When the cloaked Jedi comes calling in The Mandalorian season 2’s finale, he promises Din Djarin that Grogu will be safe. Luke reassures Mando, pledging, “I will give my life to protect the child, but he will not be safe unless he masters his abilities.” Sensing something amiss inside Ben Solo, Luke would (and perhaps should) start doubting whether that promise can be kept, compelling him to put those Force projection powers to good use and commune with Din Djarin, warning him of the potential danger coming Grogu’s way.

Force-Zooming Din Djarin would add meaning behind Luke and Mando’s conversation in The Mandalorian season 2, and provide context as to how Skywalker learned his projection trick ahead of The Last Jedi. Making contact with the bounty hunter would also add a fresh moral twist to Luke’s interpretation of Jedi teachings. In the Star Wars sequel trilogy, Luke laments how he made the same draconian mistakes as his Jedi predecessors – banning attachments, encouraging unquestioning obedience, etc. Deviating from the Jedi code to warn Din Djarin of Grogu’s plight would prove that Luke didn’t just mindlessly continue the Jedi’s legacy of failure – he broke the rules, and saved at least one student.

Mando Fights Kylo Ren While Grogu Makes His Escape

Adam Driver as Ben Solo in Star Wars The Last Jedi

Unable to ignore Luke Skywalker’s warning, Din Djarin (now an older, grizzled warrior) would, without question, make his way to the Jedi temple, fulfilling his own promise from The Mandalorian‘s season 2 finale – that he and Grogu would see each other again. Djarin arrives just as Ben Solo’s rampage begins, witnessing Luke get crushed by falling rubble courtesy of the newly-transformed Kylo Ren. As a CGI Adam Driver goes to town on his classmates, Mando hurriedly locates his son, and the pair enjoy the briefest of reunions before Djarin packs Grogu in the ship he just arrived in, hits the autopilot, and faces Kylo Ren one-on-one, wielding the beskar spear he received in The Mandalorian season 2.

Up against a formidable, prodigious Force user and his future “Knights of Ren” acolytes, Djarin eventually loses the hard-fought battle in an epic last stand, going down in a blaze of glory but, crucially, giving Grogu enough time to escape the planet and disappear into space, away from the clutches of Kylo Ren. Grogu, meanwhile, forlornly watches his father perish through the window of Mando’s moving ship, the burning temple getting smaller and smaller as he flies into the unknown.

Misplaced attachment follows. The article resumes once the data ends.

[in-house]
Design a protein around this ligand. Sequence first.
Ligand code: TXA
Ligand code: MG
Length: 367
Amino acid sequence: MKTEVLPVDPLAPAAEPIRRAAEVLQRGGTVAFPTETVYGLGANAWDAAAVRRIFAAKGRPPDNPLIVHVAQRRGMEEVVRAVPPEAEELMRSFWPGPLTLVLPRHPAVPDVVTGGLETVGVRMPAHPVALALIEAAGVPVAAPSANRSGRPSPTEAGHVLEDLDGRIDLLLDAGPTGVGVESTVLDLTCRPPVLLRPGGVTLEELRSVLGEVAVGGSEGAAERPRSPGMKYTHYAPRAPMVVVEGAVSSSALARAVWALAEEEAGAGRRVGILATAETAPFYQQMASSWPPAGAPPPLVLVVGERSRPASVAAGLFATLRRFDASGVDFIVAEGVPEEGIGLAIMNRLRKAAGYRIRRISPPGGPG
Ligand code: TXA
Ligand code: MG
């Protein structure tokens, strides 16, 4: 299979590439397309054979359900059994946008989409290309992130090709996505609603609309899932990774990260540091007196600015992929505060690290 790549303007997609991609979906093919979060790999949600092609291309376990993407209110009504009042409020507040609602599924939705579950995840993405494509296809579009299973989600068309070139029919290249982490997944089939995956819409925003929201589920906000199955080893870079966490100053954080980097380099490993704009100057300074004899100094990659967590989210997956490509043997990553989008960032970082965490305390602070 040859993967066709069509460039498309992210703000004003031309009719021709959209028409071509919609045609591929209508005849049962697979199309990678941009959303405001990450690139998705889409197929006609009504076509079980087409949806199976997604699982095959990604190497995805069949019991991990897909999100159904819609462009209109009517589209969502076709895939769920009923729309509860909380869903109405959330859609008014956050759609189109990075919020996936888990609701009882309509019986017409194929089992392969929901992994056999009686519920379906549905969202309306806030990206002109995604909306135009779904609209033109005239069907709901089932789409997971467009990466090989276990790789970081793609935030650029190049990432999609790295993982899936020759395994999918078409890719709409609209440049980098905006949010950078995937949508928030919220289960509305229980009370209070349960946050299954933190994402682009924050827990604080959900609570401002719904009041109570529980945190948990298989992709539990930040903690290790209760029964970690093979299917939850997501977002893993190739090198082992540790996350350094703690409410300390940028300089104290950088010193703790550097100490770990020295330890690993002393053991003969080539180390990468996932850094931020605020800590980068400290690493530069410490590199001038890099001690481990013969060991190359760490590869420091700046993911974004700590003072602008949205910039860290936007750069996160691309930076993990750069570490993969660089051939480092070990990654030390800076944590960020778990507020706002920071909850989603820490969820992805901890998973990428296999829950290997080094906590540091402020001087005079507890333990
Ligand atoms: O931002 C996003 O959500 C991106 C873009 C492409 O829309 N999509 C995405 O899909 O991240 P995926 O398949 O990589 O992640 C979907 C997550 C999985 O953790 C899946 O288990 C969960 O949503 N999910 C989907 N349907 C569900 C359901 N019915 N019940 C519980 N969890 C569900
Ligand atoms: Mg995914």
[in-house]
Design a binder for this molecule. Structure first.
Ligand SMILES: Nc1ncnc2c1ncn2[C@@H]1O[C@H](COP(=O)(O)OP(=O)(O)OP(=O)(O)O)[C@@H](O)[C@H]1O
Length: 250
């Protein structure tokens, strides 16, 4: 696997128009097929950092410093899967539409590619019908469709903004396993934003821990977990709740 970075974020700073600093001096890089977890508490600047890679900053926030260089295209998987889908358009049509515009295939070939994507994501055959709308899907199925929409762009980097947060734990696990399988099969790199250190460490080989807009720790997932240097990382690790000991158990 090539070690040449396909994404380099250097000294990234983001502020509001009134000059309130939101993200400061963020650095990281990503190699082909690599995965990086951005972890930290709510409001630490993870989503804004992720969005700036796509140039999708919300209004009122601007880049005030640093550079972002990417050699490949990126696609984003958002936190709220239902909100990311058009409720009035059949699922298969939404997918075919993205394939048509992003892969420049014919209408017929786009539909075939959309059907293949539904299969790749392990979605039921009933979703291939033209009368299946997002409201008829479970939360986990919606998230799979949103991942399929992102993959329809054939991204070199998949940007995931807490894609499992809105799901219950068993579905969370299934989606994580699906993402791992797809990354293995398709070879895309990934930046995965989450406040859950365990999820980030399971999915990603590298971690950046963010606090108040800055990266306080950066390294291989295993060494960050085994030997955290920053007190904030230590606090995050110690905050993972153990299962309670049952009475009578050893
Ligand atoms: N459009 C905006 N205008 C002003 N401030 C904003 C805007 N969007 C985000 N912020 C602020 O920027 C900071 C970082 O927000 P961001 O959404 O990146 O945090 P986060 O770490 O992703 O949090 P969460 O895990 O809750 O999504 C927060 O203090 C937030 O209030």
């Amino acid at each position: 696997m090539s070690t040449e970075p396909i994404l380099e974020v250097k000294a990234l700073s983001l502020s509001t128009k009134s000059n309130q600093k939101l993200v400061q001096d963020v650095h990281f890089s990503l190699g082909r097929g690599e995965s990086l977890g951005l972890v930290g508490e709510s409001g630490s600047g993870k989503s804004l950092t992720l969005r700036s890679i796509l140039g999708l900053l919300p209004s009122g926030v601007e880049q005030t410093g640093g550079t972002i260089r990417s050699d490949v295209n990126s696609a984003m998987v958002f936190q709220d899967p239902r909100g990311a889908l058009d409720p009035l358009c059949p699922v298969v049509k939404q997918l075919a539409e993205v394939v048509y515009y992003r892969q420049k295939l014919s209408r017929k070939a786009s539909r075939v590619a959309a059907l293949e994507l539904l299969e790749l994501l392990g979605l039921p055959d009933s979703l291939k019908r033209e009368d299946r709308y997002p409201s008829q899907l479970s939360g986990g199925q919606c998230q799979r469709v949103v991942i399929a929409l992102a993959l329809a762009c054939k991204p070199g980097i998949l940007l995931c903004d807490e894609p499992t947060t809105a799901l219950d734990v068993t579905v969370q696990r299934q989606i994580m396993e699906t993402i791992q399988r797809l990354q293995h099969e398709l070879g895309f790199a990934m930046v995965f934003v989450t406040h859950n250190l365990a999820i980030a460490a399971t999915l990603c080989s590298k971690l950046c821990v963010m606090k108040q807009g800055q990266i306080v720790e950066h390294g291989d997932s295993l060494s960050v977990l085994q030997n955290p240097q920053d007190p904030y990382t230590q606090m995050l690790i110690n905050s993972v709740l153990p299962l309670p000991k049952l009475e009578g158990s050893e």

Related: The Bad Batch’s Omega Avoids The Mandalorian’s Biggest Baby Yoda Problem

Why Din Djarin’s Death Is The Mandalorian’s Perfect Ending

The Mandalorian Finale Din Djarin Crying

When The Mandalorian first aired, few expected Star Wars‘ very first live-action TV series to be an emotive tale of fatherhood (dads don’t exactly have the best track record in this franchise), but over the past two seasons, Din Djarin and Grogu’s relationship has become the undisputed core of the story. While The Mandalorian season 3 (and possibly even beyond) will take Mando and Baby Yoda on separate paths, it’s inevitable that their fates remain intertwined.

No one seriously expects a happily-ever-after in The Mandalorian‘s world of scum and villainy, and if one of the main duo must perish, it’s natural that the father give his life for the son. It’d take a brave Lucasfilm executive to green-light Grogu getting skewered by Kylo Ren (or, indeed, becoming a Knight of Ren), and Din Djarin riding to the last-minute rescue makes the most thematic sense as a conclusion to The Mandalorian, neatly bridging the canon gap between Disney+ and the Star Wars sequel trilogy.

Defeating a warrior as renowned as Din Djarin ensures Kylo Ren looks strong as a Star Wars villain, and Grogu being jettisoned into space allows him to return in future stories. And when Luke wakes up to find Din Djarin’s lifeless body in the temple rubble, he’d optimistically hope Grogu was able to escape the burden of the Jedi, thereby explaining why the lean, green egg-popping machine isn’t mentioned in the Star Wars sequels. A Mandalorian bounty hunter dying in the course of protecting a Jedi is a suitably tragic ending for The Mandalorian, but the survival of Grogu would provide an optimistic note for fans to cling onto as they fight back the tears.

More: The Mandalorian: Luke Taking Baby Yoda Is Not A Plot-Hole (It’s A Fix)